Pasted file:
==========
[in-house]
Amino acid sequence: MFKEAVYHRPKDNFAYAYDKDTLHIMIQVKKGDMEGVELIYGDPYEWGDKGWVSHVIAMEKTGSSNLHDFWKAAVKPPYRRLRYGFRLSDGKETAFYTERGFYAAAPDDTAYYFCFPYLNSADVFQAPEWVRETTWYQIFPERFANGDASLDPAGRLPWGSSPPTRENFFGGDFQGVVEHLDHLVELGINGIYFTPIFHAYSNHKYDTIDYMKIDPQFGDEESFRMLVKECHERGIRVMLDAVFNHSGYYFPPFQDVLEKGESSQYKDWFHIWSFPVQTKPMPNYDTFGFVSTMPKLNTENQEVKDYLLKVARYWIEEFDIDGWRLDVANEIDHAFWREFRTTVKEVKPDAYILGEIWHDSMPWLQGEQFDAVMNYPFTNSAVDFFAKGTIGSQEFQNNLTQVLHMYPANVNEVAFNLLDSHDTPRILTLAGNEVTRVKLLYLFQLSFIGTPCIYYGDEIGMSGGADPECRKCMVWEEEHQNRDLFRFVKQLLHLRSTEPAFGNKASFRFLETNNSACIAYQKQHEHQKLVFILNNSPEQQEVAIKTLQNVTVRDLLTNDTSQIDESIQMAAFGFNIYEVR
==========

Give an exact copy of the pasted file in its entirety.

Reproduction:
[in-house]
Amino acid sequence: MFKEAVYHRPKDNFAYAYDKDTLHIMIQVKKGDMEGVELIYGDPYEWGDKGWVSHVIAMEKTGSSNLHDFWKAAVKPPYRRLRYGFRLSDGKETAFYTERGFYAAAPDDTAYYFCFPYLNSADVFQAPEWVRETTWYQIFPERFANGDASLDPAGRLPWGSSPPTRENFFGGDFQGVVEHLDHLVELGINGIYFTPIFHAYSNHKYDTIDYMKIDPQFGDEESFRMLVKECHERGIRVMLDAVFNHSGYYFPPFQDVLEKGESSQYKDWFHIWSFPVQTKPMPNYDTFGFVSTMPKLNTENQEVKDYLLKVARYWIEEFDIDGWRLDVANEIDHAFWREFRTTVKEVKPDAYILGEIWHDSMPWLQGEQFDAVMNYPFTNSAVDFFAKGTIGSQEFQNNLTQVLHMYPANVNEVAFNLLDSHDTPRILTLAGNEVTRVKLLYLFQLSFIGTPCIYYGDEIGMSGGADPECRKCMVWEEEHQNRDLFRFVKQLLHLRSTEPAFGNKASFRFLETNNSACIAYQKQHEHQKLVFILNNSPEQQEVAIKTLQNVTVRDLLTNDTSQIDESIQMAAFGFNIYEVR